Since the age of the Atari 2600, kids have been trading cartridges either with friends or for store credit at Babbage’s. In more recent years, GameStop has come along and taken over the used games market. More and more developers are complaining that used games are putting a huge dent in their publisher’s profits, forcing some developers to change future projects from what they thought were going to be successful franchises to ones that will be safer and less expensive for the publishers.
Heavy Rain developers Quantic Dream claimed in September 2011 that €10 million (Euros) were lost due to ‘second hand gaming.’ Dennis Dyack spoke to GamesIndustry about this issue, saying that this is a way the industry will ‘cannibalize’ itself. Maybe publishers and console developers need to do something to protect their properties that are supposed to drive gamers to their particular platform, while maintaining a good business model.
That’s exactly what has been said of Microsoft’s and Sony’s next console: according to rumors, no used games will be accepted by the Xbox 720 or PlayStation 4. As reported on VG247, the Xbox 720 is believed to have anti-used game software to prevent gamers from sharing their games or selling them back to game retailers at a margined price with no money back to the developer or publisher.
Sony’s now titled PlayStation Orbis, or known to readers as the PlayStation 4, is rumored to be similarly protected against used games. According to information originally given out by Kotaku, the connectivity between the game disc and a particular console will be similar to those PC games that require you to be online when you activate your game code. Only this time, you can install a game and not have to put it back in the drive as you’ll verify the disc to a particular PS4.
Honestly, this isn’t the smartest thing that Microsoft and Sony could be doing to prevent used game sales. Online passes are just starting to get passed as acceptable by the industry, and pulling this kind of move might keep gamers on the previous generation console a little bit longer than both corporations would like. Michael Pachter’s interview headline on GamesIndustry was very straight to the point with how companies like GameStop will react to if Sony does this with the PS4: ‘GameStop could refuse to stock PlayStation Orbis’.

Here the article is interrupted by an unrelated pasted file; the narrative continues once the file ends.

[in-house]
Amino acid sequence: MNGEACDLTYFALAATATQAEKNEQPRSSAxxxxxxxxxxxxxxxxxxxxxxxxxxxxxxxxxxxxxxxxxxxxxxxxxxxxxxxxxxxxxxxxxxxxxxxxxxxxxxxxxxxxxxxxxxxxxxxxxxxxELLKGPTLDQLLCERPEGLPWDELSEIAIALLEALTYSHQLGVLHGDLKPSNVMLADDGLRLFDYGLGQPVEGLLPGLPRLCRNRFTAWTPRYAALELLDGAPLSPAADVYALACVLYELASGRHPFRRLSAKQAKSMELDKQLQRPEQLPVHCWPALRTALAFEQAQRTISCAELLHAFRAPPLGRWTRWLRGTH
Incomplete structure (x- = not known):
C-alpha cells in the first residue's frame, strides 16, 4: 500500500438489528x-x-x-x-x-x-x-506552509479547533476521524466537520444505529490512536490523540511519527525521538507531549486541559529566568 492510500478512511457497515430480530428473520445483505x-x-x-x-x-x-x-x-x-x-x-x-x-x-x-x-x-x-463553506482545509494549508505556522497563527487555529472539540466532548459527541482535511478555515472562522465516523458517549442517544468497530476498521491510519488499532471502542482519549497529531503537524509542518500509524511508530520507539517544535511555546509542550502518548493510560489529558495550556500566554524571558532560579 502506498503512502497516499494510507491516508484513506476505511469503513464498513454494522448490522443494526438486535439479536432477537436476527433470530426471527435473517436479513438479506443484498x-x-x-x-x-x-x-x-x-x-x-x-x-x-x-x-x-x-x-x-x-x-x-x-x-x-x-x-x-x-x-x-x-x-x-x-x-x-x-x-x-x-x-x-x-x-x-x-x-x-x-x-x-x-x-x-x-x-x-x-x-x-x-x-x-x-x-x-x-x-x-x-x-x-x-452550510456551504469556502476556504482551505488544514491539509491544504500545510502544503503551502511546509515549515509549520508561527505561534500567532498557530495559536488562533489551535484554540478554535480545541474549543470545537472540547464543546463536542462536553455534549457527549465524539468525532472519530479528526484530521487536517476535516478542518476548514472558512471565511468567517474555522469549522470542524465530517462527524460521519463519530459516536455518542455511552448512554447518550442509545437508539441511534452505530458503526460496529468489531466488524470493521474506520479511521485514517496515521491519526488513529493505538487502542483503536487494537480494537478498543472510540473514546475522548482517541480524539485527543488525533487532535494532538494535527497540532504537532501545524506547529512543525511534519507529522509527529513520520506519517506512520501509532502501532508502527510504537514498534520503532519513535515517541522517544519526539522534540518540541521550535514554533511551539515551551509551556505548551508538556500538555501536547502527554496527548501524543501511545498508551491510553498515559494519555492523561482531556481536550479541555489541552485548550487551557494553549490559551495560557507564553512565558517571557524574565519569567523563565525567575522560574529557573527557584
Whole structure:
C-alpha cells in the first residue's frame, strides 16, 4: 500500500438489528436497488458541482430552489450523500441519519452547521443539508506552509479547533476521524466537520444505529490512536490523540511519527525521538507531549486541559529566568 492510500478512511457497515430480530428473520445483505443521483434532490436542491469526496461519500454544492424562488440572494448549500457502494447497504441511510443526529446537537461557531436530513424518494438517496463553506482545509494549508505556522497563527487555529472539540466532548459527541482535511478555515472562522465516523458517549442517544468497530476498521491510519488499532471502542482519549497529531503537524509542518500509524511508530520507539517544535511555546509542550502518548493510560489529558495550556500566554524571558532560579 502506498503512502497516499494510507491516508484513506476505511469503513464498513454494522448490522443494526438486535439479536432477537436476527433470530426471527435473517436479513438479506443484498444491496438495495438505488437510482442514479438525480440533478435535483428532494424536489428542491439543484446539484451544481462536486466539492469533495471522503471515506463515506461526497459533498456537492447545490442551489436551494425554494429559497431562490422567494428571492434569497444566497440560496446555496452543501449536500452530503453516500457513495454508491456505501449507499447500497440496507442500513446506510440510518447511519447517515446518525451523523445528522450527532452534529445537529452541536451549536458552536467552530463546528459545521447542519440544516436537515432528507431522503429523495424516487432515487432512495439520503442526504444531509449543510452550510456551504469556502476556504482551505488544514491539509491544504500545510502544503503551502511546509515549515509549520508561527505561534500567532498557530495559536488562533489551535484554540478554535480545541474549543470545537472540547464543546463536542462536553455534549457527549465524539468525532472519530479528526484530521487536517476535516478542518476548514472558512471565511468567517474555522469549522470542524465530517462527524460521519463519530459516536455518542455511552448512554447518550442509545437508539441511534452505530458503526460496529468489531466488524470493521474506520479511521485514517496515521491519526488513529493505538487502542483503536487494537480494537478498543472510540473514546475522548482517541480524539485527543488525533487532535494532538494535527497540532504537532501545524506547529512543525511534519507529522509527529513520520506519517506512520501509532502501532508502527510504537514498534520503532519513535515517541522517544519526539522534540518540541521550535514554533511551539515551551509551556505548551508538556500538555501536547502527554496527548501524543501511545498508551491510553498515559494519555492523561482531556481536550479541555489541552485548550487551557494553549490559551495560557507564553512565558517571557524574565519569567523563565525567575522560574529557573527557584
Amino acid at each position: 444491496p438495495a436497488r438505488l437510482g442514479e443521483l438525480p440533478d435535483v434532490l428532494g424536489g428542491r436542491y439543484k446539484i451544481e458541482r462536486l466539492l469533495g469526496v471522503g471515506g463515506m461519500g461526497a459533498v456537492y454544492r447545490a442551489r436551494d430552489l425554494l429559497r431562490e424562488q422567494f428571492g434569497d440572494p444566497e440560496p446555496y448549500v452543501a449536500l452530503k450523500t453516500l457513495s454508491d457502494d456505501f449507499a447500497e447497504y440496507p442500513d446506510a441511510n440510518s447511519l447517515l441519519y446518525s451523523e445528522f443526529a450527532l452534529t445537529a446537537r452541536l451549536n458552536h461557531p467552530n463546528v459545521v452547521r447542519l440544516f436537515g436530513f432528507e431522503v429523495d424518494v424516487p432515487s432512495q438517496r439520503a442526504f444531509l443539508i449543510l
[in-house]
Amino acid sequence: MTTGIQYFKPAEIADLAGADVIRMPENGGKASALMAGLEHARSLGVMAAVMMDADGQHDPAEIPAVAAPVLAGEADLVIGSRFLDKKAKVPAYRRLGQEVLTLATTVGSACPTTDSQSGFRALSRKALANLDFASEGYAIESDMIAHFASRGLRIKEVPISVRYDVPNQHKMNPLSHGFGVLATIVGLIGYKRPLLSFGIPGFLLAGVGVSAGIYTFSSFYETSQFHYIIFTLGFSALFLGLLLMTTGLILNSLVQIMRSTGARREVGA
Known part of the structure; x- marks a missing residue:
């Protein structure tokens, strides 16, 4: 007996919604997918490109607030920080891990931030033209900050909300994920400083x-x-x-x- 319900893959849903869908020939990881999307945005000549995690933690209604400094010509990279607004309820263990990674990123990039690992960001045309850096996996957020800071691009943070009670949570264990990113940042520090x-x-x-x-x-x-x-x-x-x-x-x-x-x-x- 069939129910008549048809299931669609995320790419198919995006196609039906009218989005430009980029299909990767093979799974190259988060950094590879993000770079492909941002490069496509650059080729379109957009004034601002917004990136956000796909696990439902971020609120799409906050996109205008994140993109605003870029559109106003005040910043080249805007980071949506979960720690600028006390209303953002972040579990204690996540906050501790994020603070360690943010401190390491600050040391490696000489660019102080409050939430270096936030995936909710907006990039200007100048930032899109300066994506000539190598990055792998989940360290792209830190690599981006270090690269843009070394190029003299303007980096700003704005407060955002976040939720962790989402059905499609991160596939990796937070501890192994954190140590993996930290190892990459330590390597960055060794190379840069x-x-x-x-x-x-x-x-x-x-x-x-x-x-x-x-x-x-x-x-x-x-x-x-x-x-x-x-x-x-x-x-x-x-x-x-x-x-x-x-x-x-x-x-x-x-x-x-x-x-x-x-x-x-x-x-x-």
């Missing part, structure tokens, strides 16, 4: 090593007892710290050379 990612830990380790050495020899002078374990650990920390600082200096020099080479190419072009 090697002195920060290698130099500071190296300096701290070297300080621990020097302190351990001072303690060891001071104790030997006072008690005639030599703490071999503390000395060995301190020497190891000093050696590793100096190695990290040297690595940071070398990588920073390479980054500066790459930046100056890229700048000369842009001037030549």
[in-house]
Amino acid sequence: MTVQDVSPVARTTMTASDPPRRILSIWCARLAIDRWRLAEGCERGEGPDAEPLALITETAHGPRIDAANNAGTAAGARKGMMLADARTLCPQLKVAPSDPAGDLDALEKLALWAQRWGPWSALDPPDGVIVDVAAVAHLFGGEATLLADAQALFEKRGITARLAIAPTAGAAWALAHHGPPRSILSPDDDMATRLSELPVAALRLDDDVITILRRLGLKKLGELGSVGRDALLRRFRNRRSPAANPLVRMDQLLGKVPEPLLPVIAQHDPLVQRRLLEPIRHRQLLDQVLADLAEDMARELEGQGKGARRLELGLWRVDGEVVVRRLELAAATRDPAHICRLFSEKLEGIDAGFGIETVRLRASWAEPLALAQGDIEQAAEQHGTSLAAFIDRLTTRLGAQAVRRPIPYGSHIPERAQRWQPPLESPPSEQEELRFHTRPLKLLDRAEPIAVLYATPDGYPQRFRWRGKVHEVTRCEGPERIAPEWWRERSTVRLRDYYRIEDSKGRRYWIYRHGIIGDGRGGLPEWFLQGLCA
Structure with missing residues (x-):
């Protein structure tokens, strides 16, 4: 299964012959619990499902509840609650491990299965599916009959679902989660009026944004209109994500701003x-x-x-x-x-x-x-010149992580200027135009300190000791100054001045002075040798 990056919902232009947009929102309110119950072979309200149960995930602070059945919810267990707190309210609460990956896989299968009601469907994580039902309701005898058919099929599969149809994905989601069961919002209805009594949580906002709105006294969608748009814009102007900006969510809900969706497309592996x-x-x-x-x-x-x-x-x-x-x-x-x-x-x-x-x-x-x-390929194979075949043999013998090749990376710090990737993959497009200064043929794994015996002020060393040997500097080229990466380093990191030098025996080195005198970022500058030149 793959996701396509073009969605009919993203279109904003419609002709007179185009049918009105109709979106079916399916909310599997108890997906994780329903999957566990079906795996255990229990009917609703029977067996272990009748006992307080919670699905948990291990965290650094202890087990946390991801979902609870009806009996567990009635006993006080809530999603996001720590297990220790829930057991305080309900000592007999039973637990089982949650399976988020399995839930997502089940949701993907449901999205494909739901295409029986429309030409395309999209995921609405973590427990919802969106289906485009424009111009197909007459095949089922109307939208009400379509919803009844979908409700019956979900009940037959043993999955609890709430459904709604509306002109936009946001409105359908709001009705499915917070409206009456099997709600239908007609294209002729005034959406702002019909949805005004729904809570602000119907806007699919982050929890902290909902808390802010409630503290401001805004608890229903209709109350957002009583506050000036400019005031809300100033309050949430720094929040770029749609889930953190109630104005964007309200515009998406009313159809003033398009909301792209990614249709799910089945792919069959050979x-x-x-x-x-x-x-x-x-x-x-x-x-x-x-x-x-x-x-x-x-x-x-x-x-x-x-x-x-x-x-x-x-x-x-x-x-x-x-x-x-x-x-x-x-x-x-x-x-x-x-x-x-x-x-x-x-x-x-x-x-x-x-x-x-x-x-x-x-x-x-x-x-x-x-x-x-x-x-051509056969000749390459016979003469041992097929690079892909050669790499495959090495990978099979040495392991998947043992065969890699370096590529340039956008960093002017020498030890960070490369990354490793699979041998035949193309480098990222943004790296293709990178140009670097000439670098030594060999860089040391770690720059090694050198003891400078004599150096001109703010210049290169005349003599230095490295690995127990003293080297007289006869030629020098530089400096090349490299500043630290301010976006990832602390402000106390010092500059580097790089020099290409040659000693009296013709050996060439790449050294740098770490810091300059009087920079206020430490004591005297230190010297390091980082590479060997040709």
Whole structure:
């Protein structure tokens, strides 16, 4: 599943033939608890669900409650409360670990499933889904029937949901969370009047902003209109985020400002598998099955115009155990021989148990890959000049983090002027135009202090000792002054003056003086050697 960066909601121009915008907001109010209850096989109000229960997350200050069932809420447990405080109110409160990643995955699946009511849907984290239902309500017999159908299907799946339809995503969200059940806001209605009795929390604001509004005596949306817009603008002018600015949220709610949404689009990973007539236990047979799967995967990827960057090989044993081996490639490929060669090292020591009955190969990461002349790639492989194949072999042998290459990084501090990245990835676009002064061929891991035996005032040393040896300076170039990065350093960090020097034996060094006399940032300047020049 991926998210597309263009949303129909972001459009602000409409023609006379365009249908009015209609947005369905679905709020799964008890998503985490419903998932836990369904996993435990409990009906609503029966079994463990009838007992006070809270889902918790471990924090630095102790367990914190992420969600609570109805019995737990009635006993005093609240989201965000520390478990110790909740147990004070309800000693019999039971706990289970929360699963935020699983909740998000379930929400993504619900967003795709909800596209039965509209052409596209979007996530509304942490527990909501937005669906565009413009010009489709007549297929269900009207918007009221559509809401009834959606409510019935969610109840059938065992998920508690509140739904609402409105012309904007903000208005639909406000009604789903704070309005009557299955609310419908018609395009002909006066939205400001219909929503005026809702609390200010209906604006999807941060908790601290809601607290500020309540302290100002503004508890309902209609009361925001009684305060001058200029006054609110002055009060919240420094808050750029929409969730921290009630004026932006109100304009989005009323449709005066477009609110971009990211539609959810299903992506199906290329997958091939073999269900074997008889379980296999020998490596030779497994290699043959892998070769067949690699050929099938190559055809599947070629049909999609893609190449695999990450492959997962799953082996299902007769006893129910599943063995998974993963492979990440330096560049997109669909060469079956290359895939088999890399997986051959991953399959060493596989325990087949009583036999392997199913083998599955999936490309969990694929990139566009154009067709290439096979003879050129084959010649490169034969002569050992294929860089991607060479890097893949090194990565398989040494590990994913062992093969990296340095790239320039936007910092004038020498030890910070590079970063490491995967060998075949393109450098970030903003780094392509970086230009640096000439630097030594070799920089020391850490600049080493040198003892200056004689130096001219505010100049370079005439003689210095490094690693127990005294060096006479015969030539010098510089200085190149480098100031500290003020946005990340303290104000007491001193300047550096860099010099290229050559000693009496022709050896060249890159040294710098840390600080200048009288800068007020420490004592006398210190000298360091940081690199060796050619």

How could companies support a platform that shuns a company’s main source of income? That’s just bad business. What needs to happen is something similar to car industry: a royalty system that needs to pay for those used vehicle sales to car makers like GMC and Ford. How is this going to be possible throughout for the gaming industry? Publishers need to work out a contract with game retailers to put at least $10 back into the publisher’s pocket for each used game sold. Why would game stores agree to something like this? Publishers could threaten retailers that they won’t get new games until a month or two after their street date release, inhibiting about 80% of new game sales.
How will mom & pop game stores be affected by my proposed royalty system? If they choose not to abide by the new contracted given out by publishers, then they won’t get new games until they get them used. Sure, there will still be a margin of the market that will continue traditional used game sales but big game retailers will be affected if they offer used games, putting possibly millions of dollars back in publisher’s wallets.
So what is the future of used game sales? It’s all in Microsoft’s and Sony’s corner to hit the ball back to retailers to see how they’ll react to used game sales. Hopefully, Microsoft and Sony executives will get a hold of this and see that eliminating the used game market will only hurt the industry as a whole. Continuing to work with retailers will allow the minority of those without updated infrastructure to still play the latest and greatest games. We all know that used games won’t be around in the future of gaming, but for now let’s try to extend its lifespan a little longer.